- Communication problems – lack of information and information overload
- Support networks and social connectedness
- Examples and discussion about disruptive behaviours in patients and visitors
- Participants’ scenarios will also be discussed
4:30pm - Close of Day One of SeminarDay Two
9:00am - Commencement of Day Two
9:00amTimely and Effective Management of Disruptive Behaviour
In order to minimise the effects of disruptive behaviour on the patient, staff and the organisation, it is essential that effective action is taken quickly. Not acknowledging or dealing with disruptive behaviours can have far reaching effects, including poor morale, staff turnover and negative impacts on quality of care.
- What is 'zero tolerance'?
- Whose responsibility is it?
- Preventing disruption and potential violence
- Actions to deal with disruptive behaviour
- Reducing the consequences of the disruption
- Avoiding the pitfalls, including doing nothing and hoping the problem will sort itself out or diminishing the extent of the problem
- Validating staff experiences
- Rapidly and thoroughly investigating the problem
- Adopting a solution focused approach
10:30am - Morning Tea and Coffee
11:00amStrategies for Dealing with Challenging People (Part 1)
Communication skills are essential for establishing positive relationships. In order to communicate effectively, it is essential to have a knowledge of the processes of communication, how to analyse it and how to improve. Communication barriers or breakdowns are not always evident and the reasons for them can be challenging to determine. Poor communication can have negative impacts on behaviour and people's responses during times of stress.
- Barriers and difficulties in understanding
- Listening techniques
- Knowing your own limitations and strengths
- Understanding the real problem
- Solution Building
12:00pm - Lunch Break and Networking
1:00pmStrategies for Dealing with Challenging People (Part 2)
Conflict can arise at any time, particularly in the often-stressful environment of healthcare. Strategies for avoiding aggression are essential but what do you do when it escalates anyway? During this session we cover the skills for dealing with challenging behaviour through the principles of conflict management:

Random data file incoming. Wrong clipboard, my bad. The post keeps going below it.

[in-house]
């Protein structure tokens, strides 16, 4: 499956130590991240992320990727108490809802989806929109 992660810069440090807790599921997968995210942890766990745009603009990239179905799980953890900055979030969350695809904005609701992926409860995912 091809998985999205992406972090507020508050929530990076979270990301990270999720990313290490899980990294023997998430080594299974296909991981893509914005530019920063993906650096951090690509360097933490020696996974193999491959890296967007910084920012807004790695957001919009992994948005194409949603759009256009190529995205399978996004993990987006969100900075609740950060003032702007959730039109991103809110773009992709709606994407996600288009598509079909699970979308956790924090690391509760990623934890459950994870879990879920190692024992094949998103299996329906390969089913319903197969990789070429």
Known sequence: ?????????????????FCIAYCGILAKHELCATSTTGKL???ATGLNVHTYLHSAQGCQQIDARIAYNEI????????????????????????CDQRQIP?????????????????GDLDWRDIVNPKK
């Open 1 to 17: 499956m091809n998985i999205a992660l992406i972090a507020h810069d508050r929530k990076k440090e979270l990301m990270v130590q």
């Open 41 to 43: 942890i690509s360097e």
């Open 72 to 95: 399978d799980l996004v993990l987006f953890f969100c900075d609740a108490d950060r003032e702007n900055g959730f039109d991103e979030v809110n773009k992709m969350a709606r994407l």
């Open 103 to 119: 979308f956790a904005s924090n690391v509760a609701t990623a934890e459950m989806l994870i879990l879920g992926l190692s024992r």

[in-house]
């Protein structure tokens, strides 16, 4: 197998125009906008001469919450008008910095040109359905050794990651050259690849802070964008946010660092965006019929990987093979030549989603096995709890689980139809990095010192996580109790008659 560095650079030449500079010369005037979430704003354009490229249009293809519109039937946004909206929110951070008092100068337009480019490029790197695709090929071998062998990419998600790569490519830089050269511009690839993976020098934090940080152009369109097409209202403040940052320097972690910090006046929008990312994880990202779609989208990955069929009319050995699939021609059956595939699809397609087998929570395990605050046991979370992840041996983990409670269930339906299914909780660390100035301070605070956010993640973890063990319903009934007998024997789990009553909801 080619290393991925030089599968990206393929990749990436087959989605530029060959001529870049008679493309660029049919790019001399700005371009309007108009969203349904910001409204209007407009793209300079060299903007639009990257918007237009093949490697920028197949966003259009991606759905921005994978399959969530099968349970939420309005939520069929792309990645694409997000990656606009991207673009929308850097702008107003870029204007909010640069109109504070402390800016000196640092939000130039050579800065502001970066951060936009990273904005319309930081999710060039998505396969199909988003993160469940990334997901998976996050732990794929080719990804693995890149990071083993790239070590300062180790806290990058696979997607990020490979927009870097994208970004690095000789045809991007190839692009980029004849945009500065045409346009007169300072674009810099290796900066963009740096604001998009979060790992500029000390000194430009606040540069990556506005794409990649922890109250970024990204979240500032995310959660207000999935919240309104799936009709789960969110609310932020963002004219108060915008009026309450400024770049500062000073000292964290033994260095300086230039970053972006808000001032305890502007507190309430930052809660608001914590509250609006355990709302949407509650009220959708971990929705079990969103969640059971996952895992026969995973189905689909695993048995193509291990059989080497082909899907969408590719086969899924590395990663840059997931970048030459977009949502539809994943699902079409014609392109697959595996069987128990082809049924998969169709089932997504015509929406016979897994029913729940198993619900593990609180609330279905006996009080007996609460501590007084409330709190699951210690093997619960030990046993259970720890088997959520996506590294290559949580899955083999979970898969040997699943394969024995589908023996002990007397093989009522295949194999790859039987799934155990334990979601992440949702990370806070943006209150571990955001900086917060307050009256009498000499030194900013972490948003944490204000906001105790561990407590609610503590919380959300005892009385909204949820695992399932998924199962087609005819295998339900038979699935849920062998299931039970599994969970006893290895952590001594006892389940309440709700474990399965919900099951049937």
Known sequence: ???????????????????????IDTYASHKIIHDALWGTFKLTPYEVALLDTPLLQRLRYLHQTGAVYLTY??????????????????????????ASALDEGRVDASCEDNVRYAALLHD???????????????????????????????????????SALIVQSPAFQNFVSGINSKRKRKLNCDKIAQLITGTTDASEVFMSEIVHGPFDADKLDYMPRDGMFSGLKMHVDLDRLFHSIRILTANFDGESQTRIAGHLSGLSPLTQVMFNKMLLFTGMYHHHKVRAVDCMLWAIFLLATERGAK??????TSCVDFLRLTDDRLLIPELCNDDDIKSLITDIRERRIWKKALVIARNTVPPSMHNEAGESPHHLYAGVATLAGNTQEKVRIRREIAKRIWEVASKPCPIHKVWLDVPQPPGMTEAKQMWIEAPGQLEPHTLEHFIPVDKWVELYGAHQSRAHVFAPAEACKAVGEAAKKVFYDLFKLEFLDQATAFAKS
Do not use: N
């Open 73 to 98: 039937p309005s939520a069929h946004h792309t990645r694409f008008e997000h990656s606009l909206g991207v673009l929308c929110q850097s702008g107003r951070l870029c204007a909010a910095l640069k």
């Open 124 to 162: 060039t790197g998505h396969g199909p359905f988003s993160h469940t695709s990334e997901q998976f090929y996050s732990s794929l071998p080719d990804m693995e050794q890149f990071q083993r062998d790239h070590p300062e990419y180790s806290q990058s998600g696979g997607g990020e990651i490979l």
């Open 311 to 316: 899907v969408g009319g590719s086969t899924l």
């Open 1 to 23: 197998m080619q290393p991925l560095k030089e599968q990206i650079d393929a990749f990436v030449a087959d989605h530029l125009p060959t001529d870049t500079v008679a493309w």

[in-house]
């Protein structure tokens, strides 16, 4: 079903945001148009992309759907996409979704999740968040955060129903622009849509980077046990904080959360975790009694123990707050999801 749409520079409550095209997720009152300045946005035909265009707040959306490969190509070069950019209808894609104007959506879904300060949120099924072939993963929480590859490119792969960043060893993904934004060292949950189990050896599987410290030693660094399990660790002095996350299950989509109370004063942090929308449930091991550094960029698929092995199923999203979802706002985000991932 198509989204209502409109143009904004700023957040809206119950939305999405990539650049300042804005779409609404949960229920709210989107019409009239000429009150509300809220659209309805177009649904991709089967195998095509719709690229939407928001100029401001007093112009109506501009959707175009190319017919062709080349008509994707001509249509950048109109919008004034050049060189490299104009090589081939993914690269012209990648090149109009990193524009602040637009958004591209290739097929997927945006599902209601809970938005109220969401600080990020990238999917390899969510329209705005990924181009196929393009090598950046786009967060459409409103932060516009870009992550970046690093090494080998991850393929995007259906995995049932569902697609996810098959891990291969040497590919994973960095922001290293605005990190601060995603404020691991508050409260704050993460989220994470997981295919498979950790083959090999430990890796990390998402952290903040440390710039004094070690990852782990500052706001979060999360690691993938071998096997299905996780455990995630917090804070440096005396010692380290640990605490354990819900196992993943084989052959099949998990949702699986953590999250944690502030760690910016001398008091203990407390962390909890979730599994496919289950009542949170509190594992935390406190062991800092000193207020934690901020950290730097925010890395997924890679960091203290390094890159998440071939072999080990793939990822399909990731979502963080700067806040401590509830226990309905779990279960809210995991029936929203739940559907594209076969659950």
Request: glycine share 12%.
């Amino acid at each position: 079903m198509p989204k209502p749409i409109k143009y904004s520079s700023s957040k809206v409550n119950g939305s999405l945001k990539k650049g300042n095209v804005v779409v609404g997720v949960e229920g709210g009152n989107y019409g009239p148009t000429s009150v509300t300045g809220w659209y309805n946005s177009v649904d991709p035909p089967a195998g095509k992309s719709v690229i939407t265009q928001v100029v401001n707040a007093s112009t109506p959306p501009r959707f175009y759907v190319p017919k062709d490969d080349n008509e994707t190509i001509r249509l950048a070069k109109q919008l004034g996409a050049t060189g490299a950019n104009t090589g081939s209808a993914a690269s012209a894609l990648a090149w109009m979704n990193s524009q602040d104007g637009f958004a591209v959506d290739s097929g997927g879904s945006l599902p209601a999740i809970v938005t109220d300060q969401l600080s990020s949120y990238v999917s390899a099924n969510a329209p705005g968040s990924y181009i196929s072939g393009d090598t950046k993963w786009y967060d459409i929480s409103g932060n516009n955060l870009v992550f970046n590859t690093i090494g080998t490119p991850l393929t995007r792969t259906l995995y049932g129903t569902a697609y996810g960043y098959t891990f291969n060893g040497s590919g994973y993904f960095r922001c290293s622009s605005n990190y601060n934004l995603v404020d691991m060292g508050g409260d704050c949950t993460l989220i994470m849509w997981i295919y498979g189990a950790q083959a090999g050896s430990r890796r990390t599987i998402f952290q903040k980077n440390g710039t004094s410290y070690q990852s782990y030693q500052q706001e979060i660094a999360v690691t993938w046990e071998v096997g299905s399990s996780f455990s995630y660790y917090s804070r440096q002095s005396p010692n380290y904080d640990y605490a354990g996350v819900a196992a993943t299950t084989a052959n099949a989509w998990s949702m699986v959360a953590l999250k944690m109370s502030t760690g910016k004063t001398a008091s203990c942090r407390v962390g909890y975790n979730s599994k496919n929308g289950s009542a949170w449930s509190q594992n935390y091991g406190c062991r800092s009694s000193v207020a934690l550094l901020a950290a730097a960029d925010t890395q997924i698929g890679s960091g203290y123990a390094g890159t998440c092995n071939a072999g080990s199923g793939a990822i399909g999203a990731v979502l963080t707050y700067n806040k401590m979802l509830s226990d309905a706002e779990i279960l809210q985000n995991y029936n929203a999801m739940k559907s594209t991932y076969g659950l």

- Mindful management of conflict
- Noticing exceptions to the problem
- Solution focused response to aggression
- Strategies for dealing with the persistent challenging employee
- Managing the conflict outcome
It’s one thing to know the theory but another to apply it in practice! During these sessions, you will put your skills to the test in a variety of scenarios. The exercises in this session aim to provide you with the confidence to deal with conflict effectively and ensure successful solution focused outcomes in challenging situations.
2:45pm - Afternoon Tea and Coffee
3:15pmTaking Conflict Resolution into the Workplace
There is no one-approach when dealing with conflict. However, having the skills and a good understanding of the nature of conflict will help you to deal with it confidently. As healthcare professionals our role is to bring the best knowledge and strategies to address issues in a productive, respectful and positive manner. This session summarises the seminar content and looks at strategies for applying good practice in the workplace.
Not all problems can be managed independently. It is important to understand when you must call for help and when to report a problem. More serious problems may require formal reporting, performance management or even police involvement. How do you know what to do and when?
- Mandatory reporting – what is mandatory, who does it affect and how to report
- Professional misconduct
- Physical aggression, assault and criminal matters
- Grievance procedures
It’s one thing to know the theory but another to apply it in practice! During these sessions, you will put your skills to the test in a variety of scenarios. The exercises in this session aim to provide you with the confidence to deal with conflict effectively, and ensure successful solution focused outcomes in challenging situations.
4:30pm - Close of Seminar and Evaluations
Craig Maloney has a master of mental health nursing and graduate qualifications in child and adolescent mental health, group work, alcohol and other drugs, Dialectical Behaviour Therapy (DBT), and Acceptance Commitment Therapy (ACT). He has substantial teaching experience in the area of managing workplace aggression and adverse incidents, mental health nursing, root cause analysis, and risk management. Craig is a Credentialed Mental Health Nurse, a fellow of the Australian College of Mental Health Nurses, and a member of the Australian Institute of Company Directors. He is the recipient of two national awards for his work in primary health care and mental health and is a pioneer of males working in family and partner violence. Craig has experience working in research and occupational health and safety and is sought after as a risk governance and quality systems architect. He currently works as a consultant in systems design, quality and risk management, education, training, suicide intervention, and mental health first aid. He is a life coach, specialising in nursing success, and is the executive officer of a charity that supports injured workers on the journey to recovery.